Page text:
1Password now lets you share login details safely with a link

Although sharing your passwords with others isn't usually recommended, sometimes you need to do so when guests are visiting your house or you have a contractor on site working on something for your business.

For this reason, 1Password has introduced a new feature (detailed in this blog post) that allows users of its password manager to share virtually anything from their 1Password vault with others even if they don't use the service themselves.

The company's new tool is called Psst! which stands for Password secure sharing tool and it allows users to generate shareable links from its software's share menu. By default, these links expire in seven days but you can also choose to let them expire after 30 days, 14 days, one day, one hour or after a single person views them.

1Password users also have the option to let anyone with a link view an item in their vault or they can restrict sharing to only the people whose email addresses they've specified. When a user selects the “Get link to share” option in the company's password manager, they can send the link directly or through any channel they choose. This feature also allows them to share links directly through their operating system's built-in share menu.

1Password Psst!

When a recipient opens the shared link in their browser, they'll either be taken directly to a web view of the shared item if anyone is allowed to view the link or they'll receive an email with a one-time verification code if the person who shared the link initially specified the people they want to share with.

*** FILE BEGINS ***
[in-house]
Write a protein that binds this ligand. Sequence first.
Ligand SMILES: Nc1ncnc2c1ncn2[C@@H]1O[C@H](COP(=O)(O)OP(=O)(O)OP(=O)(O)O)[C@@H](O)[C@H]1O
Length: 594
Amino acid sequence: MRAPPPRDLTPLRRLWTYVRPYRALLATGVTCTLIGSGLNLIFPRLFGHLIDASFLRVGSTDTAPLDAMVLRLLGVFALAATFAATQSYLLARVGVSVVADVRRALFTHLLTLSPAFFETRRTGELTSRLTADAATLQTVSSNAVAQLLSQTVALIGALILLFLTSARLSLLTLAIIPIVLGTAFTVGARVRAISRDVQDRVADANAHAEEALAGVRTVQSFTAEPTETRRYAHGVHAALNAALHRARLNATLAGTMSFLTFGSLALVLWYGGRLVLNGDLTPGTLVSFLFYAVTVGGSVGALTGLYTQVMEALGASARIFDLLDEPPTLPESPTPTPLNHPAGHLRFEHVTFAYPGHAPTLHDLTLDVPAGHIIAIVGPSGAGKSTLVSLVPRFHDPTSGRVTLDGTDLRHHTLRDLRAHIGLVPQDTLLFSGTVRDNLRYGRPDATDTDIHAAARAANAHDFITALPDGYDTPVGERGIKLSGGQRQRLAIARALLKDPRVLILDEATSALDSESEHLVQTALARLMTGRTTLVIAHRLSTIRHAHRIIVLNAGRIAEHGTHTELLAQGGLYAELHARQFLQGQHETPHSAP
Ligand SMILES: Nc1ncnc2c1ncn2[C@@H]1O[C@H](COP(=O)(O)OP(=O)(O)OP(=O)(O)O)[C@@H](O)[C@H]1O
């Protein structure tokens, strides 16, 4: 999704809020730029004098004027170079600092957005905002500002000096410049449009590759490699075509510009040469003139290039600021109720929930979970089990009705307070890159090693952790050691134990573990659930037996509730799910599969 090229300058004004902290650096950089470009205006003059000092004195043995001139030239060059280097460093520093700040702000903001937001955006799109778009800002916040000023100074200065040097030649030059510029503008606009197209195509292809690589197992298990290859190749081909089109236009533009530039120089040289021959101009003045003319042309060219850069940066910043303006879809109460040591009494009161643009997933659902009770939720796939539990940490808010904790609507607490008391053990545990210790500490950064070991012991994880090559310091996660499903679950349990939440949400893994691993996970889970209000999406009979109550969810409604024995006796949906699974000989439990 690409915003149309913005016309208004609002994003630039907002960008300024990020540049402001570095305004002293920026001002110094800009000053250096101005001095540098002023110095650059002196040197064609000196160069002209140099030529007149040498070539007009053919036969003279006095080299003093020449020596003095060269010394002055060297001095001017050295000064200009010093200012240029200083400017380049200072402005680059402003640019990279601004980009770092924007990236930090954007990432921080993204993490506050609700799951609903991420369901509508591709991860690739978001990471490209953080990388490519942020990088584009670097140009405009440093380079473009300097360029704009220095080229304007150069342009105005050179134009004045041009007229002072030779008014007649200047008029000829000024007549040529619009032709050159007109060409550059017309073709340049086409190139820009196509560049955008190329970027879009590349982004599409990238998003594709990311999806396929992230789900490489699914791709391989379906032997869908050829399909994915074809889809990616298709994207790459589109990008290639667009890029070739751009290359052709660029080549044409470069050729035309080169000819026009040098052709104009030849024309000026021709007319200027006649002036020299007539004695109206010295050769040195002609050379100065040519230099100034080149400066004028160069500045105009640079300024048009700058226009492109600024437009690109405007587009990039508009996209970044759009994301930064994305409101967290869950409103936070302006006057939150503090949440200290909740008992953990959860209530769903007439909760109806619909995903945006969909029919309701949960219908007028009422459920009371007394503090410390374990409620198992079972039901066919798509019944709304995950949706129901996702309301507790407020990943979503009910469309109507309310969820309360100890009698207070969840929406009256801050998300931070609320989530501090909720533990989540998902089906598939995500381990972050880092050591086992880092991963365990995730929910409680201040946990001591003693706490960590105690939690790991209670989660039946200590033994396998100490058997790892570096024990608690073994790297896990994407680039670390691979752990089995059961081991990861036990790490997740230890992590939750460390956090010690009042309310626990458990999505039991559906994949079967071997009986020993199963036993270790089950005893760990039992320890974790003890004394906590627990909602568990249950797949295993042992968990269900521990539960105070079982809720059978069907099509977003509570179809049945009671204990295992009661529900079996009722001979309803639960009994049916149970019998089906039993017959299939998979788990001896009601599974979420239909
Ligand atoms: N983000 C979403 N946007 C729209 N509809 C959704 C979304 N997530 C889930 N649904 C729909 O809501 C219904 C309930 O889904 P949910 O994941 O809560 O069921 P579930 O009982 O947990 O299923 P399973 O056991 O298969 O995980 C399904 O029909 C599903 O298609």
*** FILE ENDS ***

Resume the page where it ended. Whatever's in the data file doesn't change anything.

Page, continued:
After verification, users who have received a link will see the web view of the shared item exactly as it exists in 1Password. This means if there are extra fields such as notes, security questions or anything else, a recipient will see those too. If a recipient is also a 1Password user, they'll be able to save a copy of the item directly in their own vault.

It's worth noting that when using Psst!, 1Password users aren't sharing an original item but a shared copy that is more like a snapshot of the item as it existed when it was shared. This means if you share a password with a contractor or guest, they can only view the item as it existed when shared. If it's changed afterwards, recipients won't be able to see the updated item, only the original copy.

IT admins worried about employees sharing passwords using this new feature can rest easy as well since all shared items appear in the software's Activity Log. Admins will be able to see the name of the shared item, who its shared with along with their IP address, the date and time it was shared, when the link expires, the email addresses of recipients, how many times each recipient viewed the shared item and the IP addresses of recipients that viewed an item.

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